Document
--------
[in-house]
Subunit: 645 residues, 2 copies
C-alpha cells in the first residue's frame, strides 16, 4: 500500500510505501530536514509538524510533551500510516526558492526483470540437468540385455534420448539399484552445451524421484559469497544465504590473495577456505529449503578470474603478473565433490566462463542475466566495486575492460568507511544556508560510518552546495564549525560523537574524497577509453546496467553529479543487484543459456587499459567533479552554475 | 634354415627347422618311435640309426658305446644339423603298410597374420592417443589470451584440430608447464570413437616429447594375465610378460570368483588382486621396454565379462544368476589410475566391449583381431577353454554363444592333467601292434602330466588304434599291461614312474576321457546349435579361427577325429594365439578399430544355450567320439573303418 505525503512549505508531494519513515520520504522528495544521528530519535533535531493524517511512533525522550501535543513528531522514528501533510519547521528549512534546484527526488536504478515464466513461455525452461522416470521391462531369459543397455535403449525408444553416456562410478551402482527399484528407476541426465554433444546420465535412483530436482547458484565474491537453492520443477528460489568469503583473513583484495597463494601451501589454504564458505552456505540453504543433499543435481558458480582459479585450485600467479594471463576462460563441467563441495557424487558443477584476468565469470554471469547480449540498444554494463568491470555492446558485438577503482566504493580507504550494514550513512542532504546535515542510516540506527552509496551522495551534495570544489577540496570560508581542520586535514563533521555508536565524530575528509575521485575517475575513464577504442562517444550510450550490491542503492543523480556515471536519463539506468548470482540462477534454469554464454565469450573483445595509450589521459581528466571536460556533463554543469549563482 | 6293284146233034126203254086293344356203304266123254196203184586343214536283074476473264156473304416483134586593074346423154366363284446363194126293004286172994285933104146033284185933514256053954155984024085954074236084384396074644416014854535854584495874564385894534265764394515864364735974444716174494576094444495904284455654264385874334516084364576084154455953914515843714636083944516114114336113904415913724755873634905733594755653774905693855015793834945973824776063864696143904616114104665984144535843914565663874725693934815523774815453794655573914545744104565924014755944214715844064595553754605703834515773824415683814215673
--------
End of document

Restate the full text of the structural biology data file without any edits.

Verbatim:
[in-house]
Subunit: 645 residues, 2 copies
C-alpha cells in the first residue's frame, strides 16, 4: 500500500510505501530536514509538524510533551500510516526558492526483470540437468540385455534420448539399484552445451524421484559469497544465504590473495577456505529449503578470474603478473565433490566462463542475466566495486575492460568507511544556508560510518552546495564549525560523537574524497577509453546496467553529479543487484543459456587499459567533479552554475 | 634354415627347422618311435640309426658305446644339423603298410597374420592417443589470451584440430608447464570413437616429447594375465610378460570368483588382486621396454565379462544368476589410475566391449583381431577353454554363444592333467601292434602330466588304434599291461614312474576321457546349435579361427577325429594365439578399430544355450567320439573303418 505525503512549505508531494519513515520520504522528495544521528530519535533535531493524517511512533525522550501535543513528531522514528501533510519547521528549512534546484527526488536504478515464466513461455525452461522416470521391462531369459543397455535403449525408444553416456562410478551402482527399484528407476541426465554433444546420465535412483530436482547458484565474491537453492520443477528460489568469503583473513583484495597463494601451501589454504564458505552456505540453504543433499543435481558458480582459479585450485600467479594471463576462460563441467563441495557424487558443477584476468565469470554471469547480449540498444554494463568491470555492446558485438577503482566504493580507504550494514550513512542532504546535515542510516540506527552509496551522495551534495570544489577540496570560508581542520586535514563533521555508536565524530575528509575521485575517475575513464577504442562517444550510450550490491542503492543523480556515471536519463539506468548470482540462477534454469554464454565469450573483445595509450589521459581528466571536460556533463554543469549563482 | 6293284146233034126203254086293344356203304266123254196203184586343214536283074476473264156473304416483134586593074346423154366363284446363194126293004286172994285933104146033284185933514256053954155984024085954074236084384396074644416014854535854584495874564385894534265764394515864364735974444716174494576094444495904284455654264385874334516084364576084154455953914515843714636083944516114114336113904415913724755873634905733594755653774905693855015793834945973824776063864696143904616114104665984144535843914565663874725693934815523774815453794655573914545744104565924014755944214715844064595553754605703834515773824415683814215673